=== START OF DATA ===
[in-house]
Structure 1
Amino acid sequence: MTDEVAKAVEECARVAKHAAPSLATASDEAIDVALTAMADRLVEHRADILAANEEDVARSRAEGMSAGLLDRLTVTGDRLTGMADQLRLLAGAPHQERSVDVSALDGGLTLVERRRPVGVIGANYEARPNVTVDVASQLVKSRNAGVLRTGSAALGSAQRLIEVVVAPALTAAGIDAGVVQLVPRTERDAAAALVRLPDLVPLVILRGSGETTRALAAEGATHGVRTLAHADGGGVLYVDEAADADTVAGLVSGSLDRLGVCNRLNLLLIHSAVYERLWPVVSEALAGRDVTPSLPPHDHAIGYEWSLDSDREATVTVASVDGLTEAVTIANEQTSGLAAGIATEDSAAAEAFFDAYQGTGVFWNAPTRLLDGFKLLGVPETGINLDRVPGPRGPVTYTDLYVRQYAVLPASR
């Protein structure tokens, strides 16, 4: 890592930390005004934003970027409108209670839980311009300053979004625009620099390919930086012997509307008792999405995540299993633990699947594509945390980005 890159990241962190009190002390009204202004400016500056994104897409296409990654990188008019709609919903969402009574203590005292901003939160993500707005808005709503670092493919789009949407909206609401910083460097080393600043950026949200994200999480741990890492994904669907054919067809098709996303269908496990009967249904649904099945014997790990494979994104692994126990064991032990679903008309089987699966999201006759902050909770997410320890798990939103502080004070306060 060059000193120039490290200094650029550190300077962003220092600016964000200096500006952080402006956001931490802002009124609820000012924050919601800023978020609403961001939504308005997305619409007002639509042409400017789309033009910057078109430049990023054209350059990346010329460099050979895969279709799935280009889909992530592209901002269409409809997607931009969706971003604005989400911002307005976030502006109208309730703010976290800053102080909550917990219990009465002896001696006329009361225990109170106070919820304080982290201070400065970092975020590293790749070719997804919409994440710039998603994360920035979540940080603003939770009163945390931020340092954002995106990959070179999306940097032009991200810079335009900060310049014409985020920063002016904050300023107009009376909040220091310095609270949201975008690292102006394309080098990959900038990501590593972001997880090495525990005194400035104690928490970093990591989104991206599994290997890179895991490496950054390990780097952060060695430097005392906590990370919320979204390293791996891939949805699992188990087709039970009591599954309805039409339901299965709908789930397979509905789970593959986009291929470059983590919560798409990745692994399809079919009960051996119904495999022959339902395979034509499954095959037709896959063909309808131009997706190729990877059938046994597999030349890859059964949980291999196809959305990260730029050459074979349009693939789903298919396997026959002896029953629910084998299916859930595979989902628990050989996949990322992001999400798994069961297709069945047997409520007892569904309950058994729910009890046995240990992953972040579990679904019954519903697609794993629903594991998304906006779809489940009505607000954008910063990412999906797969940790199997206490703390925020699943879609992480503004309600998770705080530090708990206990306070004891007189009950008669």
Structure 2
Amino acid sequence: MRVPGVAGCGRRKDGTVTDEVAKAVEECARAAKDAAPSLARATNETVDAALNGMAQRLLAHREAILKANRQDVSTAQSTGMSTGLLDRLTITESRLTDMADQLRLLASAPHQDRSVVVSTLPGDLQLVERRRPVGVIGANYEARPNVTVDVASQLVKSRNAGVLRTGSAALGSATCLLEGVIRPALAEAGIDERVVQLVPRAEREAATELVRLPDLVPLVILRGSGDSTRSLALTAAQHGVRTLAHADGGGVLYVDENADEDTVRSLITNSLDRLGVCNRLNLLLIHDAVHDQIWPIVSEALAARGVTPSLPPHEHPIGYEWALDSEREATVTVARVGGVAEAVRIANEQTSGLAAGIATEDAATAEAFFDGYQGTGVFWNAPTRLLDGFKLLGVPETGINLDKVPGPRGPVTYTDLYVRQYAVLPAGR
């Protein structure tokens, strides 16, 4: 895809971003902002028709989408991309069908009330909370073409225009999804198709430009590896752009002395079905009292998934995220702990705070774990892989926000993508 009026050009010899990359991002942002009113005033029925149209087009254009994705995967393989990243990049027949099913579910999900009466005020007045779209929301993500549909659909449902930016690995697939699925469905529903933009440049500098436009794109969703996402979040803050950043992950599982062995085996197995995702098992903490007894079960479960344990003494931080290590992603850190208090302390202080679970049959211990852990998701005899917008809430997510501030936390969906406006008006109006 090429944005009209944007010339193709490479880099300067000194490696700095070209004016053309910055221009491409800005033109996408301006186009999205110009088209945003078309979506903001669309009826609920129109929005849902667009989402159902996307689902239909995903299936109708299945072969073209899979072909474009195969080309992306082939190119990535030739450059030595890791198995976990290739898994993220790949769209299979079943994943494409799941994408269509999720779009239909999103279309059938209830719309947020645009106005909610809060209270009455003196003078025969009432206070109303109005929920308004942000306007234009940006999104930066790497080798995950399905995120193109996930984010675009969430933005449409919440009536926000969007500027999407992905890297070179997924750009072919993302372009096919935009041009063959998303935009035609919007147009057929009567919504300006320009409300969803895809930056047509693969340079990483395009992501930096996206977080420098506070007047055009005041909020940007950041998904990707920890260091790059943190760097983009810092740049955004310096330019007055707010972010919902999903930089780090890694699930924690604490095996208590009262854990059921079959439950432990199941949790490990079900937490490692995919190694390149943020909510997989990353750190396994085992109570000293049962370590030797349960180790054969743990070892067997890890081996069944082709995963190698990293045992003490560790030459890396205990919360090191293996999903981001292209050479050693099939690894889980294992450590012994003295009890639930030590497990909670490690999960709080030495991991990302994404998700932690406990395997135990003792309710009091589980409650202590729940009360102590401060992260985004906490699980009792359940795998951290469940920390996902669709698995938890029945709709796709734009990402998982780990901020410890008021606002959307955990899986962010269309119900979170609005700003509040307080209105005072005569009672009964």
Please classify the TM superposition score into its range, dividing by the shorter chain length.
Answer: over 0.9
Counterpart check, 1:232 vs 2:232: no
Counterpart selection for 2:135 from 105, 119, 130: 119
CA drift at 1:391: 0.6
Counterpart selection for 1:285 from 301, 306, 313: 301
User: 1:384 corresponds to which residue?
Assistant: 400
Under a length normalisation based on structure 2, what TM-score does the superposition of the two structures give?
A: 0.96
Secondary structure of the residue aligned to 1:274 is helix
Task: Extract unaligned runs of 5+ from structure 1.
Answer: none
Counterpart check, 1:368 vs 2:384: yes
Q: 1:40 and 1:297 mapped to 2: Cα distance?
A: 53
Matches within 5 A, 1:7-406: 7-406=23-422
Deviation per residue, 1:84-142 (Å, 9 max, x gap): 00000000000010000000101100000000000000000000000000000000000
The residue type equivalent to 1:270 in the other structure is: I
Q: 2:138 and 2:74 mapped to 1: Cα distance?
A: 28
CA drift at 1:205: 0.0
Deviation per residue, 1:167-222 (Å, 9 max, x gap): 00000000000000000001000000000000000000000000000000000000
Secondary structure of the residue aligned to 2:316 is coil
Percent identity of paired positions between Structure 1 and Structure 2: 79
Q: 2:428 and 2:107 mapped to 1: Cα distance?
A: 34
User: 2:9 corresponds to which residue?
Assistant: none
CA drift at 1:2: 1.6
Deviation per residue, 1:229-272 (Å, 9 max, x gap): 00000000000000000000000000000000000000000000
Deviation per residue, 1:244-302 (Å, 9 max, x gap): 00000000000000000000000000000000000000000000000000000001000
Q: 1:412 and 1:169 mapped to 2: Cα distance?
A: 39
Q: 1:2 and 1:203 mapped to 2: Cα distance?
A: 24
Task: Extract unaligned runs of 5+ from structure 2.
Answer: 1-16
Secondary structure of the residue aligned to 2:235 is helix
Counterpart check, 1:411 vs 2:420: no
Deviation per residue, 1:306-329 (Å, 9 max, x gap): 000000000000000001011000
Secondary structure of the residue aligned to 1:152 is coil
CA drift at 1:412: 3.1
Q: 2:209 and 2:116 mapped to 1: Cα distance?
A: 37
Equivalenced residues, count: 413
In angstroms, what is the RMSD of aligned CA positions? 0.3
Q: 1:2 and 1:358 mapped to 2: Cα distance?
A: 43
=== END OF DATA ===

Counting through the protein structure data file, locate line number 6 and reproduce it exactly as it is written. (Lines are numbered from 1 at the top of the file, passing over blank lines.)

Amino acid sequence: MRVPGVAGCGRRKDGTVTDEVAKAVEECARAAKDAAPSLARATNETVDAALNGMAQRLLAHREAILKANRQDVSTAQSTGMSTGLLDRLTITESRLTDMADQLRLLASAPHQDRSVVVSTLPGDLQLVERRRPVGVIGANYEARPNVTVDVASQLVKSRNAGVLRTGSAALGSATCLLEGVIRPALAEAGIDERVVQLVPRAEREAATELVRLPDLVPLVILRGSGDSTRSLALTAAQHGVRTLAHADGGGVLYVDENADEDTVRSLITNSLDRLGVCNRLNLLLIHDAVHDQIWPIVSEALAARGVTPSLPPHEHPIGYEWALDSEREATVTVARVGGVAEAVRIANEQTSGLAAGIATEDAATAEAFFDGYQGTGVFWNAPTRLLDGFKLLGVPETGINLDKVPGPRGPVTYTDLYVRQYAVLPAGR